Ð r
Ð i
A
P
A
B
1
B
F
Note : A ray of light passes through centre of cus-valerie  reflecting spherical 
surface is always act as normal at the point of incidence. If we know the normal we 
can draw angle of incidence and angle of reflection
Note : The image will only form when two or more rays meets at apoint. Image 
formation by a concave mirror for different position of the object
1. Object
At infinity
Position of
Image
At focus
Size of
Image
Highly diminished
(point size)
Nature
Real and 
Inverted
2. Object
Beyond C
Position of
Image
Between F&C
Size of
Image
Small
Nature
Real and 
Inverted
3. Object
At C
Position of
Image
At C
Size of
Image
Same Size 
of object
Nature
Real and 
Inverted
X-Science
F C P
Ð i
Ð r
100
Read More

FAQs on NCERT Solutions, Chapter 10: Light Reflection and Refraction, Class 10 (Science)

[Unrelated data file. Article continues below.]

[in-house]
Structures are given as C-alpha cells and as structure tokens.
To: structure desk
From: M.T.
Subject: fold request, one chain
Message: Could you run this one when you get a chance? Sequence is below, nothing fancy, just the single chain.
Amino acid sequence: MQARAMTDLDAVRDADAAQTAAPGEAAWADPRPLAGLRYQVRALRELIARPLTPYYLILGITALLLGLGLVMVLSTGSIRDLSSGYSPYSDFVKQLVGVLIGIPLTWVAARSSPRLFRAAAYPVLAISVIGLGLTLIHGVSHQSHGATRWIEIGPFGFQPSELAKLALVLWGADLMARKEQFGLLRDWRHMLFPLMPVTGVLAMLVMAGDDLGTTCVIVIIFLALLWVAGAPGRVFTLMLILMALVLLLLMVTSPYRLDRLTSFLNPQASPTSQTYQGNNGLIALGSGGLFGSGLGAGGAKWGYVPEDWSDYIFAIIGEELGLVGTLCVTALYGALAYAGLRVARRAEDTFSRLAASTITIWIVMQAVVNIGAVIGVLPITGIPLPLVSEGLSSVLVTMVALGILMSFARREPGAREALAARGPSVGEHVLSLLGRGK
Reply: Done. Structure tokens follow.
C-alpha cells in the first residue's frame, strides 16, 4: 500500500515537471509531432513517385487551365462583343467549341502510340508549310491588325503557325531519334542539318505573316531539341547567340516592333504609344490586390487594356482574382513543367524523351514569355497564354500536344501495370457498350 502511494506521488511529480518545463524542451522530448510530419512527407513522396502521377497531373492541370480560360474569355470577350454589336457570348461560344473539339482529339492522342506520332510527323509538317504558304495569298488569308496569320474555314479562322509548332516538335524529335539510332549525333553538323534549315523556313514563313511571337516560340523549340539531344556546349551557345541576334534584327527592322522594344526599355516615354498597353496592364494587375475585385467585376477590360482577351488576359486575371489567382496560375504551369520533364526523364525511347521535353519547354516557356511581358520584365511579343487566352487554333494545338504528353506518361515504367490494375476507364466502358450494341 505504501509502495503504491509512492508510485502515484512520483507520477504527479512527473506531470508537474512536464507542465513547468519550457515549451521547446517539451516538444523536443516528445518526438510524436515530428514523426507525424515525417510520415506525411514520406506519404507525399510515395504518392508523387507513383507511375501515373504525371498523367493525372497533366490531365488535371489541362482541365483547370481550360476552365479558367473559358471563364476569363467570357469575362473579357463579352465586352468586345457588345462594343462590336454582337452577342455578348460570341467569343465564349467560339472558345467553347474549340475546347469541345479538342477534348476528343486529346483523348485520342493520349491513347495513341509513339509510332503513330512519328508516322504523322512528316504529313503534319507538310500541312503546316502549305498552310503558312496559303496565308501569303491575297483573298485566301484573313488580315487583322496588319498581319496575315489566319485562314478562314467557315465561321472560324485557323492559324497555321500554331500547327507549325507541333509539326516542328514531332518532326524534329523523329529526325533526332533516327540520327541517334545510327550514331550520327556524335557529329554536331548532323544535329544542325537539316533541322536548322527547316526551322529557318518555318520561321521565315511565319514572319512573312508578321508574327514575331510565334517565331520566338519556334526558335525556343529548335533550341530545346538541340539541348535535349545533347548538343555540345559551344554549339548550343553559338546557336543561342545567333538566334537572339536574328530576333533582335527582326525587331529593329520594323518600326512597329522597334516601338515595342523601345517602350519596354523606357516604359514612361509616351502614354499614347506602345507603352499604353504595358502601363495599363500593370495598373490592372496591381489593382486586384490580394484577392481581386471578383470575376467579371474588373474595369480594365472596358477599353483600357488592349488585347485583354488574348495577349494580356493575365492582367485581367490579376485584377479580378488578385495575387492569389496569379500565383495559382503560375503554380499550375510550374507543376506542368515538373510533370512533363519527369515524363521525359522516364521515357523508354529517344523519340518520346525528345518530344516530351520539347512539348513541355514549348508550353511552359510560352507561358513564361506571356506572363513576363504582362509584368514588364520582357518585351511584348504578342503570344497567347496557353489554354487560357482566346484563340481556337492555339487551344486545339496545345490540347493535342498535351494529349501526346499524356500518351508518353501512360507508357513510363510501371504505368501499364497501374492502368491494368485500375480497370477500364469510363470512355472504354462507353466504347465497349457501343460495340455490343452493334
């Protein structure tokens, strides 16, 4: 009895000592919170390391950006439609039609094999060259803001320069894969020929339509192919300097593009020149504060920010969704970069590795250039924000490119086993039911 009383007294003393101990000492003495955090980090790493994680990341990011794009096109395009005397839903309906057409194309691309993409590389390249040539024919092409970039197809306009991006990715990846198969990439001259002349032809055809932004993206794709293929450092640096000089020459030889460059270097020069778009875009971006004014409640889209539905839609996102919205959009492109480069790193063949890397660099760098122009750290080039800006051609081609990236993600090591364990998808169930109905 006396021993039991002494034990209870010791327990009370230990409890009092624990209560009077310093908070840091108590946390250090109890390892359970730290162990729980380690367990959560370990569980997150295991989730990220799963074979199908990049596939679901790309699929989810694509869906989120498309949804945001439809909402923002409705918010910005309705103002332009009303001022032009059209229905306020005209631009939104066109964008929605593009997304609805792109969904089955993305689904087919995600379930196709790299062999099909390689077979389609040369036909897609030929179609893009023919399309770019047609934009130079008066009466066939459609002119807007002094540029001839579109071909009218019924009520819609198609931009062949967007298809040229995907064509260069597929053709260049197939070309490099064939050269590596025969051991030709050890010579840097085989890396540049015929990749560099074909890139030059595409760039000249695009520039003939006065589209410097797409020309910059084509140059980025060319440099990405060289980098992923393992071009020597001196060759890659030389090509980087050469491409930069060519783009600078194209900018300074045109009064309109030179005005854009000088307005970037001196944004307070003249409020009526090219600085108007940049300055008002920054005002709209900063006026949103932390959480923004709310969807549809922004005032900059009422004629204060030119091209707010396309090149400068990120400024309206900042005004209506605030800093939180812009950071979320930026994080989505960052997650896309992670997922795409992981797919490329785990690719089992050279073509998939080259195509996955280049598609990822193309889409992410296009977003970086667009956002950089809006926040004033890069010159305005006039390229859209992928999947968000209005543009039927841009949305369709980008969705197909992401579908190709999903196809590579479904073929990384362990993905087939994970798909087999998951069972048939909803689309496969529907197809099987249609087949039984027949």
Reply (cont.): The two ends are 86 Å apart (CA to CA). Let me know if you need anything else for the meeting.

1. What is the difference between reflection and refraction?
Ans. Reflection is the bouncing back of light when it strikes a smooth and shiny surface, whereas refraction is the bending of light as it passes from one medium to another.
2. How does light travel in a straight line?
Ans. Light travels in a straight line because it follows the law of rectilinear propagation. According to this law, light travels in a straight line until it encounters an obstacle or a medium of different optical density.
3. Why does a pencil appear bent when placed in a glass of water?
Ans. When a pencil is placed in a glass of water, the light rays coming from the pencil bend when they enter the water due to refraction. This bending of light makes the pencil appear bent.
4. What is the angle of incidence?
Ans. The angle of incidence is the angle formed between an incident ray and the normal to the surface at the point of incidence. It is denoted by the symbol 'i'.
5. Why does a mirror reflect light?
Ans. A mirror reflects light due to the property of reflection. When light falls on a smooth and shiny surface, such as a mirror, it undergoes reflection and bounces back in a predictable manner, allowing us to see our own image or any other object in the mirror.